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      Columbia city council votes down police tax proposal--for now

      Columbia voters will not see a proposed tax increase to pay for more police officers on this Novemberâ??s ballot after that cityâ??s council voted the idea down in a grueling late-night session.

      Mayor Bob McDavid first proposed increasing the cityâ??s property tax by 20 cents per $100 assessed valuation at a press conference on Aug. 5 but backed away from the proposal in the weeks that followed. At Monday nightâ??s meeting, during consideration of a measure to put the proposal on this Novemberâ??s ballot, McDavid said he felt it was â??overly simplistic for me to throw [the proposal] out thereâ?? and urged the council to vote the idea down. The body did so unanimously.

      But Monday nightâ??s vote did not signal the ideaâ??s demise entirely. Several council members expressed interest in a hybrid approach combining budget changes with a smaller tax increase. Karl Skala said he doubted the city could pass a sales tax aimed at hiring more police officers and suggested trying to find enough money to hire 15 or 20 officers rather than the 35 the tax would pay for.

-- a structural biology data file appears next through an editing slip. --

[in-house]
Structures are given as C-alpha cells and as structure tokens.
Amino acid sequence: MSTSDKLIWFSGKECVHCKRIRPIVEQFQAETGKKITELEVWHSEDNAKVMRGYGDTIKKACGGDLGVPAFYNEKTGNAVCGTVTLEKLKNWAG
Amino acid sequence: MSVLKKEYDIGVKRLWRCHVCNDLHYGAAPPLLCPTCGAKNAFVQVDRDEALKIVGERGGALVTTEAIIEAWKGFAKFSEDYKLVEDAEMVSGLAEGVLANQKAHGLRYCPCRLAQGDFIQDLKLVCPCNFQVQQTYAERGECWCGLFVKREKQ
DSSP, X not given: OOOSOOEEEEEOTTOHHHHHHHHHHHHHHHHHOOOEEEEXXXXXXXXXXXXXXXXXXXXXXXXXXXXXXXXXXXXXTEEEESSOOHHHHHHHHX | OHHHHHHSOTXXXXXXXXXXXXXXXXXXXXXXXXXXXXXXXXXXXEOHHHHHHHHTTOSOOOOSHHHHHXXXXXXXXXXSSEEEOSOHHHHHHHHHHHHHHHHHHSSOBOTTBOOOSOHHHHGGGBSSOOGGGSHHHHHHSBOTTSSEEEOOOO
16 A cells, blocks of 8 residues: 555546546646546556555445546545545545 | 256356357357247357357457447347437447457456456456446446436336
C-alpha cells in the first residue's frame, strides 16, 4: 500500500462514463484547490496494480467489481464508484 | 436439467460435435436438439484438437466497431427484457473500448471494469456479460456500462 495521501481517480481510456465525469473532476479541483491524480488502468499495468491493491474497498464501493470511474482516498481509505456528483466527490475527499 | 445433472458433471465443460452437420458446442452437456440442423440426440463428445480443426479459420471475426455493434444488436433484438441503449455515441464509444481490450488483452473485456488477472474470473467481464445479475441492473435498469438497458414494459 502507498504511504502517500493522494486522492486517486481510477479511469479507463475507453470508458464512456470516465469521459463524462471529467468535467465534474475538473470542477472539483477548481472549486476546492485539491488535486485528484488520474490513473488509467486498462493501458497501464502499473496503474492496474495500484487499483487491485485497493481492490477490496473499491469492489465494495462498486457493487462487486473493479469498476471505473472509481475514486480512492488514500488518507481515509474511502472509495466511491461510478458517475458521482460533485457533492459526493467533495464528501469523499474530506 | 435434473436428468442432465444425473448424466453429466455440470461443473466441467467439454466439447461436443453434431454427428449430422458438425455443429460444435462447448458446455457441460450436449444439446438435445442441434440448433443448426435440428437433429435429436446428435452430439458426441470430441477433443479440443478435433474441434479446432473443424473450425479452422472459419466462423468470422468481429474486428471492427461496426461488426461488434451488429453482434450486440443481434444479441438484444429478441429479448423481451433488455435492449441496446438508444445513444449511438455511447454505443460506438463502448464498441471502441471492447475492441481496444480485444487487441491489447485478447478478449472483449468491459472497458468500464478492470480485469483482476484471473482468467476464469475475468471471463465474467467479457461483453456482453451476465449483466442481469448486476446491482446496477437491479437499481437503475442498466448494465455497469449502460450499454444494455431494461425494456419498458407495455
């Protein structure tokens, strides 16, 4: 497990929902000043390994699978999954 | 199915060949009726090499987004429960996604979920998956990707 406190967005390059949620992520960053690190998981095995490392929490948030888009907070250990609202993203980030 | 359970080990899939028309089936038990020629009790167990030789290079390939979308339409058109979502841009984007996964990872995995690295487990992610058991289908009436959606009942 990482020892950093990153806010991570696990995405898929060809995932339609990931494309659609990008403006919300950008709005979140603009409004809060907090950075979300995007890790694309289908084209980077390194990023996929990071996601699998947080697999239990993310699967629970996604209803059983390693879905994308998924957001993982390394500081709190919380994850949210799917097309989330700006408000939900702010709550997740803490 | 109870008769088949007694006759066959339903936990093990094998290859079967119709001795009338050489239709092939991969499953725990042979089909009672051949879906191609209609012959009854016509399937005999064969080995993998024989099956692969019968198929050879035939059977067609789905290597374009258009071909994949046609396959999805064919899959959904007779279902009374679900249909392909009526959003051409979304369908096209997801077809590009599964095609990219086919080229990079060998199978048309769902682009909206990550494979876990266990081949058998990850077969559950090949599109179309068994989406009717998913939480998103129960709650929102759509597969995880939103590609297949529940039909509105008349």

During the proposalâ??s hearing, Dale Roberts, the executive director of the Columbia Police Officersâ?? Association, told the council that at 6 p.m. Monday, the Columbia Police Department was at â??status zero,â?? meaning all officers were responding to calls, and there were 16 calls waiting. Prior to the meeting, Roberts told KRCG his association had not taken a position one way or the other on the tax idea, something he reiterated to the council later that night. He said the city could pay for the officers through reducing police overtime and redirecting some of the revenue from the 911 sales tax. Roberts said he did not endorse any one particular idea as long as the city finds some way to pay for more police officers. After the meeting, Roberts told reporters he felt the council had acted wisely under the circumstances because he doubted voters would have approved a tax increase of that magnitude.